Technically Incorrect offers a slightly twisted take on the tech that's taken over our lives.
I made a TV spot about this once.
A businessman is on the toilet. There is no toilet paper. What does he do?
In the businessman's case, he had a newspaper with him, but he decided to accept the path of least resistance. In the case of 16-year-old Adam Greenwood, he did what any self-respecting teen would do: He made an appeal on Twitter.
As the UK's Lancaster Guardian reports, Greenwood last month was caught on a train with his trousers down and his wits near their end.
Then his brain waved. From his toilet seat, he tweeted: "I've just had a reasonably large poo and there is no toilet roll left on the @virgintrains 19.30 train from Euston to Glasgow pls send help."
Virgin Trains, which is more used to tweeting about obstructions on the line rather than shortages in the toilet, leaped into action. It tweeted back, asking for his coach number. (Yes, of course he had to get up to find out.)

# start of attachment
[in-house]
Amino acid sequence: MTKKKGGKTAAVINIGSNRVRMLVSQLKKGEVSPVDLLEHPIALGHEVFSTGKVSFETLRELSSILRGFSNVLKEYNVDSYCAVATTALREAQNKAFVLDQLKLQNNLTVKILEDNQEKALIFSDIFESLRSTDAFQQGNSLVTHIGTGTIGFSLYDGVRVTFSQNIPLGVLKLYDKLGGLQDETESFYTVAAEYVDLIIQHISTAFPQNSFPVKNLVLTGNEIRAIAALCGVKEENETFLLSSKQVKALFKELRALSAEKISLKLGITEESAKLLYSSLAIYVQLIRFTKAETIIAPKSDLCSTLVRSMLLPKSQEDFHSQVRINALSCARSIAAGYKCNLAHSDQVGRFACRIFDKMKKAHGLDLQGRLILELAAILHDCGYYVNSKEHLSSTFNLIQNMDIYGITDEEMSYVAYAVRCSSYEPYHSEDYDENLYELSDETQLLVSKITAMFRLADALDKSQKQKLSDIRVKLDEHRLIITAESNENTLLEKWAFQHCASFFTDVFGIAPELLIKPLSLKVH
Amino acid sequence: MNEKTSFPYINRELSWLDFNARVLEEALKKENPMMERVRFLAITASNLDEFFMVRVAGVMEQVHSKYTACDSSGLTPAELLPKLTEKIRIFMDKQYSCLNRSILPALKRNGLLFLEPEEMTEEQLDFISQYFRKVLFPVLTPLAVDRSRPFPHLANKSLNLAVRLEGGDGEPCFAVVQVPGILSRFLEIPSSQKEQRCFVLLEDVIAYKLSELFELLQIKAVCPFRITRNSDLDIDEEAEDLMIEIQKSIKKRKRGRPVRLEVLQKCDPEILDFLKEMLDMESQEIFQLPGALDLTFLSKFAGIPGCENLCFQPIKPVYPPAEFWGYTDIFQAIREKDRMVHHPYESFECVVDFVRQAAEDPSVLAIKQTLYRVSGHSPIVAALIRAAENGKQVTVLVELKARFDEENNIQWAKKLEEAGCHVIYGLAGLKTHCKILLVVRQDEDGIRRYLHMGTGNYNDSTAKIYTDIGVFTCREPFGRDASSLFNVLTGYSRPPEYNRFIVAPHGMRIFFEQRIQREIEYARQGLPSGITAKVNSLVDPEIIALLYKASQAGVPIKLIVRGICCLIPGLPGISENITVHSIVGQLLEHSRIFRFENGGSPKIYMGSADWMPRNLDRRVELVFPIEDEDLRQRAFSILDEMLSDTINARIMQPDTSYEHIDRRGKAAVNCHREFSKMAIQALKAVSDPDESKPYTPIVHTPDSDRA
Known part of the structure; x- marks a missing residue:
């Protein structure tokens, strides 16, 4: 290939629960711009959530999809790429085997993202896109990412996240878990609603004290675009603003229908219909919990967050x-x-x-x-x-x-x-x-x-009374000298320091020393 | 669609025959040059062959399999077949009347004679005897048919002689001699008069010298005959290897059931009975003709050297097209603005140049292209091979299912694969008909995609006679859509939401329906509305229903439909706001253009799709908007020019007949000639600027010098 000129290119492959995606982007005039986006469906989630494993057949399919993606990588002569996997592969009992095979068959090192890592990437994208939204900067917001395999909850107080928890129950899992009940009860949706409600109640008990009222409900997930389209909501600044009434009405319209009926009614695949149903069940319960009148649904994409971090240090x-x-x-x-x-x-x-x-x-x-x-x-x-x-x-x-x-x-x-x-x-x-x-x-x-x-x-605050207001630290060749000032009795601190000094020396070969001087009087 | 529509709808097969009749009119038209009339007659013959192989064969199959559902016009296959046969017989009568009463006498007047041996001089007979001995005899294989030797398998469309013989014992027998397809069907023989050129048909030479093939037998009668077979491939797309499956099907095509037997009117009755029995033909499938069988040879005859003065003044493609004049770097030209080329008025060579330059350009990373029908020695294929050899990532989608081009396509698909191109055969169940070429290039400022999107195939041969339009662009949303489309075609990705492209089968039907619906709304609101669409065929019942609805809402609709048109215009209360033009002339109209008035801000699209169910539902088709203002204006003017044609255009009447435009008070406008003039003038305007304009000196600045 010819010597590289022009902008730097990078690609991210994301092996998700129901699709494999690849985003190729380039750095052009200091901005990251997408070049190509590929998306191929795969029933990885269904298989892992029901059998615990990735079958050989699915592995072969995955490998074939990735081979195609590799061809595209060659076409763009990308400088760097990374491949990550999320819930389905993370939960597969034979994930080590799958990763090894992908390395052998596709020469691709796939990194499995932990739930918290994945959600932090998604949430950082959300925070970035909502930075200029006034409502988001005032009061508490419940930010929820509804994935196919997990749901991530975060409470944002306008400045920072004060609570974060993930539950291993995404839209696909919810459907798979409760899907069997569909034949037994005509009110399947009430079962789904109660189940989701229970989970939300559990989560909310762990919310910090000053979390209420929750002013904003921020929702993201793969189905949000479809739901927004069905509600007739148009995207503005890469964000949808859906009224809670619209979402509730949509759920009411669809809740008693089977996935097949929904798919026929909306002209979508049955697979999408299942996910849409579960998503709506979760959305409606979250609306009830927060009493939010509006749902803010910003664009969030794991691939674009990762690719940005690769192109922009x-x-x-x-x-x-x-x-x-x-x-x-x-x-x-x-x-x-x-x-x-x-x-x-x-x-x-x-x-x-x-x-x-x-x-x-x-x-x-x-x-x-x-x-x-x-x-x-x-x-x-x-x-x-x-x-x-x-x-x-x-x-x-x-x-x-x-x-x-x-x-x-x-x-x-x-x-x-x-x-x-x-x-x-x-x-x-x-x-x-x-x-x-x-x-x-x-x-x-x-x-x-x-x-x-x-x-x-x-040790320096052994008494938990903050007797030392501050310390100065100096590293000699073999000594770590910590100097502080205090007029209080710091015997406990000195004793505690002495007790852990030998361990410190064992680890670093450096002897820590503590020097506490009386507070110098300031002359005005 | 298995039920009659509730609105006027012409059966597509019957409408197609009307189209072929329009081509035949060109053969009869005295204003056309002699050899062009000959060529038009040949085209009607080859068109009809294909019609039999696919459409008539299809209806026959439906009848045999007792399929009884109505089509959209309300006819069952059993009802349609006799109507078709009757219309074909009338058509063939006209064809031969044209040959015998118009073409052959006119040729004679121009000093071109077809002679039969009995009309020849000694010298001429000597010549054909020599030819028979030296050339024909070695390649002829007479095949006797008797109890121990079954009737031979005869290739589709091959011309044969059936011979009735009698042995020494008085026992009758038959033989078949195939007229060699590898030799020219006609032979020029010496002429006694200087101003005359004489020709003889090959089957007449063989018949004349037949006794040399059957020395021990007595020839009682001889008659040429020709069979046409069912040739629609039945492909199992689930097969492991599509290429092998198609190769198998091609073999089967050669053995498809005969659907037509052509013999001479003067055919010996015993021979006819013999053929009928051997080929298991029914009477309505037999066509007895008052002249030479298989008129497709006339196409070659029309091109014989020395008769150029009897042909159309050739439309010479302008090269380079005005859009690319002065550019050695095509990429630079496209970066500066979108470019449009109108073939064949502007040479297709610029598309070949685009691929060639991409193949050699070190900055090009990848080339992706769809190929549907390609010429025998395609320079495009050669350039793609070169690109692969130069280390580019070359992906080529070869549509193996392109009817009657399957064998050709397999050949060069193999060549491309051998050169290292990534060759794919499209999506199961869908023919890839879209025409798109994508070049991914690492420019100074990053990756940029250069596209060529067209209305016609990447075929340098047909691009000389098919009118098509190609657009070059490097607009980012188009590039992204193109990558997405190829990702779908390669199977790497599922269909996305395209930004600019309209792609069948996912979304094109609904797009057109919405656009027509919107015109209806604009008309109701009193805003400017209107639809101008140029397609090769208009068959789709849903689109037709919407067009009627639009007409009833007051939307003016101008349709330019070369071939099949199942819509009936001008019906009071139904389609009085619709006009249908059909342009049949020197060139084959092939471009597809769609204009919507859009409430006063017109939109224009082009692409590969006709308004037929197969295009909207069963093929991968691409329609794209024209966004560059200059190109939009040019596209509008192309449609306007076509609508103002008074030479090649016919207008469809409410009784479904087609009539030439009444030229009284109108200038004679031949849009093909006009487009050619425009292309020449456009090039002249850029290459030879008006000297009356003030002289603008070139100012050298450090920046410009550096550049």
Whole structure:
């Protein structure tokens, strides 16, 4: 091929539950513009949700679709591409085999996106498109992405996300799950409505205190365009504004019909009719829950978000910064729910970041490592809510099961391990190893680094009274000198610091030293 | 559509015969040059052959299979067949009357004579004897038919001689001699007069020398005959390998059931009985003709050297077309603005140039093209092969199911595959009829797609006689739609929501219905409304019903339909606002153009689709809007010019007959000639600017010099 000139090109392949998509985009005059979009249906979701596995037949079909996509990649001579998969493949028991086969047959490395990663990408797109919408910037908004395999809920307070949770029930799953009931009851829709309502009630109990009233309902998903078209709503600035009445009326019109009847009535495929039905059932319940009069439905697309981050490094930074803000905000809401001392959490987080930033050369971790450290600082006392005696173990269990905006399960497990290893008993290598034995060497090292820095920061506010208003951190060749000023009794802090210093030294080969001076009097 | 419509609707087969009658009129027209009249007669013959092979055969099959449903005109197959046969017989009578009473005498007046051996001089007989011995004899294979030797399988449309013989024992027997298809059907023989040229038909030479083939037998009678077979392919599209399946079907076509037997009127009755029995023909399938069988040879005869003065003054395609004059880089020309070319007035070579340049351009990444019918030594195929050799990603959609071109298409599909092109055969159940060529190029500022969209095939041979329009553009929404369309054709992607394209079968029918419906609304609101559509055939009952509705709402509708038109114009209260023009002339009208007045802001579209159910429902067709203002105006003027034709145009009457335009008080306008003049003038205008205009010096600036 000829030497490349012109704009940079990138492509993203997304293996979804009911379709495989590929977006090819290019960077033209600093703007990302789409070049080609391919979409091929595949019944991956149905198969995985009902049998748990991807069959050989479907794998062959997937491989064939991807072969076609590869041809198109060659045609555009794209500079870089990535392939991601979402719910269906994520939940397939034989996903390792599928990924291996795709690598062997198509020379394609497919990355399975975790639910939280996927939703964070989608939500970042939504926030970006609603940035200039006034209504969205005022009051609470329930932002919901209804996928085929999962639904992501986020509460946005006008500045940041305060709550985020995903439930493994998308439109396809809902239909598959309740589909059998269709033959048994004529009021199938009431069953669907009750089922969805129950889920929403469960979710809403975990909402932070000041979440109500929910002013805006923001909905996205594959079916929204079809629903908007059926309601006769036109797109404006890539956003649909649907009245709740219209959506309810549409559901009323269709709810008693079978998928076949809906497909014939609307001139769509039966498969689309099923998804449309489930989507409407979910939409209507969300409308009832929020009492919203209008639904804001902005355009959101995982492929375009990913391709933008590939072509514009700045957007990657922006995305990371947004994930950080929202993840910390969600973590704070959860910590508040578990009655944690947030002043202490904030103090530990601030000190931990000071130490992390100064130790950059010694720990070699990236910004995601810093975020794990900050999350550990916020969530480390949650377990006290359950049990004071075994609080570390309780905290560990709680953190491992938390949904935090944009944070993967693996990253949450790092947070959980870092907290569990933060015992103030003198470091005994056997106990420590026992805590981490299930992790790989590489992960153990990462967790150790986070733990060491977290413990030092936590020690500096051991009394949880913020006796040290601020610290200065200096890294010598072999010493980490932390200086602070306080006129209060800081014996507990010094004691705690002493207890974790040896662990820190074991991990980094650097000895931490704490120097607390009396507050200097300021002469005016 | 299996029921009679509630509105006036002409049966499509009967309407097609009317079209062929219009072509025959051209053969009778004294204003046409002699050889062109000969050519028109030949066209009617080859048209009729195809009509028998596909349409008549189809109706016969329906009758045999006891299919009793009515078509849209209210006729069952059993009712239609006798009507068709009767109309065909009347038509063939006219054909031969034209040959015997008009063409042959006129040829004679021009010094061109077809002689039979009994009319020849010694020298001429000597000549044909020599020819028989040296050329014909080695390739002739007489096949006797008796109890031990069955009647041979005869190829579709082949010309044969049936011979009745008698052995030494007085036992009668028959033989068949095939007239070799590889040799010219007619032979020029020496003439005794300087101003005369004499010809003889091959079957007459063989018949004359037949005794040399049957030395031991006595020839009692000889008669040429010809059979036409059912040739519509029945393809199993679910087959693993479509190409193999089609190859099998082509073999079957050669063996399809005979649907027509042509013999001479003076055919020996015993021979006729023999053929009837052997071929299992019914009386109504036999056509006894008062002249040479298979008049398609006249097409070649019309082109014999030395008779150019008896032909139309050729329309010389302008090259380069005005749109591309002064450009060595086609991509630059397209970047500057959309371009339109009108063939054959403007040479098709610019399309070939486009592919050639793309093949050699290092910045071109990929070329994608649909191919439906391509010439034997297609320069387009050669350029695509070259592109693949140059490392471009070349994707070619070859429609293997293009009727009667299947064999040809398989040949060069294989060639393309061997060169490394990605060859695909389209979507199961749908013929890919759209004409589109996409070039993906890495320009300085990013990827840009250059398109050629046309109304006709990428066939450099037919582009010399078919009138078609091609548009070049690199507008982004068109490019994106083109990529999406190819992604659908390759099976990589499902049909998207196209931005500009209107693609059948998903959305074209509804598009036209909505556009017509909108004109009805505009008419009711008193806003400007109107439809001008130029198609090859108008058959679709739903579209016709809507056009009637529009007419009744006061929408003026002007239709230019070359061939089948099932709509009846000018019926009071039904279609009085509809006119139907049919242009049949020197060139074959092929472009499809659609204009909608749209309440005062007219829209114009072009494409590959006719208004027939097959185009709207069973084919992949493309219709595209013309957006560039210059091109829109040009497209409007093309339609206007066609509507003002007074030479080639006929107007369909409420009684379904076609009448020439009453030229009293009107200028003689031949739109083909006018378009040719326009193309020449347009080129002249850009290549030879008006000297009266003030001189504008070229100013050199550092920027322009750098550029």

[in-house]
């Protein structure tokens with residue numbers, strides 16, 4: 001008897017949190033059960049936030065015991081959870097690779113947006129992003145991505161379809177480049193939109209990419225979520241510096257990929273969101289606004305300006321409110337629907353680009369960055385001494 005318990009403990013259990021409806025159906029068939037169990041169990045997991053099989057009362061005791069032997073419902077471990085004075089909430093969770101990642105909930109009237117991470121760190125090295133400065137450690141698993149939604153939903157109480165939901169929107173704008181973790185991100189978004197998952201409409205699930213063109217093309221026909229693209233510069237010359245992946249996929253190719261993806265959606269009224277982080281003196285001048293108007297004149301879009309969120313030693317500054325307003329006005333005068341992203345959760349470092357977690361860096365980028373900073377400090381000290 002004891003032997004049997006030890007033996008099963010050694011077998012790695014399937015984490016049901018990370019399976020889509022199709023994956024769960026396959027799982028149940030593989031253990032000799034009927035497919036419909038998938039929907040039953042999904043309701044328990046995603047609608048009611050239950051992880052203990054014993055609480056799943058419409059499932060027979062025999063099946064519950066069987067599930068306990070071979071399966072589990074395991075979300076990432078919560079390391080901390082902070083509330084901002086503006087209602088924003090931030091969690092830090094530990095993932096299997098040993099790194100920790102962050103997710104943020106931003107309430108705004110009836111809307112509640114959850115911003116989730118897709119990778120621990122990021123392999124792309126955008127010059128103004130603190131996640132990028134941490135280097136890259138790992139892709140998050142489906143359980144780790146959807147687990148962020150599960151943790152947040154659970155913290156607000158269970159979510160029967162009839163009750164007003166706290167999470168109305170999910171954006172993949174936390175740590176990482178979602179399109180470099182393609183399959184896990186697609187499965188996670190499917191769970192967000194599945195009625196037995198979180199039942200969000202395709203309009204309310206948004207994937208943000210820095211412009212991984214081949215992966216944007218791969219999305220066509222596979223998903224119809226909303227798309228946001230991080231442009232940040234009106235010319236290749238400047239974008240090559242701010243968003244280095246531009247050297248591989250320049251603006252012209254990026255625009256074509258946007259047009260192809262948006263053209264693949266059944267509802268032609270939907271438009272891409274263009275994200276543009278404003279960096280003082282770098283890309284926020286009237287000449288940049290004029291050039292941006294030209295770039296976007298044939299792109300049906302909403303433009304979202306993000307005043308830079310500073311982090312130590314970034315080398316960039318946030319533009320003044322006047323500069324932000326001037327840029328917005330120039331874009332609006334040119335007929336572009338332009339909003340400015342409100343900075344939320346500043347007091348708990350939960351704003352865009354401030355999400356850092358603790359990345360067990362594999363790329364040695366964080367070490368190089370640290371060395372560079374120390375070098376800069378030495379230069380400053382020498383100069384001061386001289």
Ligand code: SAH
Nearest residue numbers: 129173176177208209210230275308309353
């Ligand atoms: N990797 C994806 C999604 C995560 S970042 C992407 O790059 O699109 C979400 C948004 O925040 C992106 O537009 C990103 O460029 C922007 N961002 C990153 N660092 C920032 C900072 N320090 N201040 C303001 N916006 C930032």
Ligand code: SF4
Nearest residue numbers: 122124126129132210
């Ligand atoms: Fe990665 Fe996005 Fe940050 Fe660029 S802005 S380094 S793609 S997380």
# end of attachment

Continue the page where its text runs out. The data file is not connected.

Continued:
Then the company sent a man in a suit, help in hand.
Greenwood is something of a presence on Twitter. I know this because he has more than 16,000 followers. More importantly, however, my colleague Bridget Carey is one of those followers.
He claims he wasn't flexing his muscle to force Virgin to get to the bottom of his problem. Instead, he told the Guardian: "I didn't expect them to bring me a toilet roll. I only did it for a joke to make people laugh."
There is something, though, blessedly instructive about how social media -- and especially Twitter -- can remove so much of the annoyance from customer service.
It's instant and, if the company has alert social media staff, it can deliver every emotion from satisfaction to relief to simple explanation.
This beats sitting on the phone for endless hours, while muzak drones into your ears, until someone finally answers your call and tells you they can't help.